For this Thing, we were also supposed to “read the sections on thingLang, ISBN Check, and MARCThing to see how they intersect with the tools used by regular libraries.” MARCThing searches data sources to simplify the MARC data. ThingLang determines the language of a book. ISBN Check validates 10-digit and 13-digit ISBNs. I don’t really use these technical tools, but it was interesting to read about them in the Thingology blog, which “is LibraryThing’s ideas blog, on the philosophy and methods of tags, libraries and suchnot.” A little less technical is the LibraryThing Blog, “LibraryThing’s features and announcements blog.” I have the combined feed for both going to my blog readers.
I’m not really on LibraryThing for the social aspects, although I did join the Librarians Who LibraryThing group on my personal account. I really don’t have time to follow it or any other group, though. I See Dead People’s Books looks interesting, but Name that Book would probably be more useful in a library, particularly a public library.
Also, I notice a lot of North Texas 23 people have been recommending Shelfari or Goodreads in their blogs. I can’t recommend Shelfari and refuse to even try it myself because of its e-mail spamming and astroturfing.
I did set up a Goodreads account a few months ago. I’ve added one friend, and follow a couple others’ reviews, added a few books these folks had and rated a couple of them, made a couple comments on others’ reviews, but that’s it. Frankly, I really don’t care what page someone is on in a book or how many stars they gave it. Here is a good post that compares Goodreads and LibraryThing – be sure to read all the comments.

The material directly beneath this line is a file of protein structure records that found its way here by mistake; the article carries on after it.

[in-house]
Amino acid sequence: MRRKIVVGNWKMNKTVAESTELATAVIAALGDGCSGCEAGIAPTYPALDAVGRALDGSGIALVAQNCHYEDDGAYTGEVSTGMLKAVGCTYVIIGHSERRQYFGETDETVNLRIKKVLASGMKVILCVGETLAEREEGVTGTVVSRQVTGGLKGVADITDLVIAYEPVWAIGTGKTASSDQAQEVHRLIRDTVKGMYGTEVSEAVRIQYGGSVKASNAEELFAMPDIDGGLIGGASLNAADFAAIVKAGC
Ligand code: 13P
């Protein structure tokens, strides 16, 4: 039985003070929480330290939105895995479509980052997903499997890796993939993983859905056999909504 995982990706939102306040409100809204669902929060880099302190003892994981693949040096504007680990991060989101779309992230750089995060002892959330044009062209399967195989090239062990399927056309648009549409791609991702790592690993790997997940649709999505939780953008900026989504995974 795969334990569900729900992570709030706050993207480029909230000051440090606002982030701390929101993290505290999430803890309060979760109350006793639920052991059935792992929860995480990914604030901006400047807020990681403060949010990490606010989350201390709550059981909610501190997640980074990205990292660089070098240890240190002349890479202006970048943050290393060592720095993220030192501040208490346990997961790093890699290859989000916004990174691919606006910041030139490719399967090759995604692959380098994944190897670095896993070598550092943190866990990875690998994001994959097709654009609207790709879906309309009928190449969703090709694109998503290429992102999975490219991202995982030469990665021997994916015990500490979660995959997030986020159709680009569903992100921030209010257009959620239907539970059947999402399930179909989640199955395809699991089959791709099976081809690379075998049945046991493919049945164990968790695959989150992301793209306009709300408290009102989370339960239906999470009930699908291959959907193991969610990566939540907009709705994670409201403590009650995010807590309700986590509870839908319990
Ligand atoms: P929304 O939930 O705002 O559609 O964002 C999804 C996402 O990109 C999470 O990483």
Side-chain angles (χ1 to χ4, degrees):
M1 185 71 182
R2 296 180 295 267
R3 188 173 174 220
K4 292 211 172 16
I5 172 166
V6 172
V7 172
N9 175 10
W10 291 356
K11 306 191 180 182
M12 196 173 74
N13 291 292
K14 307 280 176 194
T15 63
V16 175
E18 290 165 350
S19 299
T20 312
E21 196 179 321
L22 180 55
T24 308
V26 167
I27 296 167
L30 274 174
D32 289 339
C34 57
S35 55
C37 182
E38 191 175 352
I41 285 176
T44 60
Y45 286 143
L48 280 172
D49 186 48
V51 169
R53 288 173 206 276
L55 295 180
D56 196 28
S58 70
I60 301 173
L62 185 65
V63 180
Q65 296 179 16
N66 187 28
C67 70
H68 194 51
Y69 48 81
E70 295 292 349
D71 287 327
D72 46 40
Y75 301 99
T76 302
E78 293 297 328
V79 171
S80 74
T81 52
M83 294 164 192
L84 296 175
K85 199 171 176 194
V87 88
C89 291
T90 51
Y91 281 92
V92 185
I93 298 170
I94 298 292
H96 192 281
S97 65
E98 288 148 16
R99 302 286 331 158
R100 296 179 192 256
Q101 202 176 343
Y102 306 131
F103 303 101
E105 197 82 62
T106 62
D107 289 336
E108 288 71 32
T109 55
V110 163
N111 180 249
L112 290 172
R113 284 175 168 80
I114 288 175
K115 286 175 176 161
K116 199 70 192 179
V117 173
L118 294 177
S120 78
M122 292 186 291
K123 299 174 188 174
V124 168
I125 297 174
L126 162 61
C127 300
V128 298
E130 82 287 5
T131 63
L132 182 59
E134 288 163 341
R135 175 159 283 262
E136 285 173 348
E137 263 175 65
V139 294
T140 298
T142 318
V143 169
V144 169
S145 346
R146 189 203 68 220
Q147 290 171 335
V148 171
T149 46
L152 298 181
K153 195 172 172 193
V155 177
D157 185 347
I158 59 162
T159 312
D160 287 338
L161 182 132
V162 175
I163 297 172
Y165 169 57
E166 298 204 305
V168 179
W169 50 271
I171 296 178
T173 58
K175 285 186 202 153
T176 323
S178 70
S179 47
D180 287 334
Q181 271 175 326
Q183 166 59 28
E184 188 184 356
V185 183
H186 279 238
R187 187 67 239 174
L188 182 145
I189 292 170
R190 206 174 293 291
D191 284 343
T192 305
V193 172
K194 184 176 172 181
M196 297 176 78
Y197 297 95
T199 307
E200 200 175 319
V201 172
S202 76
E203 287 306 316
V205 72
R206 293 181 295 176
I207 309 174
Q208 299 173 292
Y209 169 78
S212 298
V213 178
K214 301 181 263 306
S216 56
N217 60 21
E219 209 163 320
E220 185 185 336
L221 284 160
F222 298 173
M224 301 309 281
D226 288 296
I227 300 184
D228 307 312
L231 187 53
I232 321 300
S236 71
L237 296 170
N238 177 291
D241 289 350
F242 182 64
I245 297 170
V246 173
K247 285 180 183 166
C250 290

Why does LibraryThing cost money ($10 a year or $25 a lifetime) if you want to add more than 200 books? Because, unlike Shelfari and Goodreads, there are no annoying ads on LibraryThing and it helps defray the costs of running it. The librarian in me really prefers the features in LibraryThing.
Some Texas libraries are using LibraryThing for Libraries, which provides a “Catalog Enhancements” package and a “Reviews Enhancement” package. Bedford Public Library was the second library ever to adopt this, and they use both packages. To date, other libraries in Texas using the Catalog Enhancements package (with examples) are the Irving Public Library, the Richardson Public Library, and the University of Texas at Austin. As an academic librarian, I’m really interested to see how the latter uses LibraryThing for Libraries.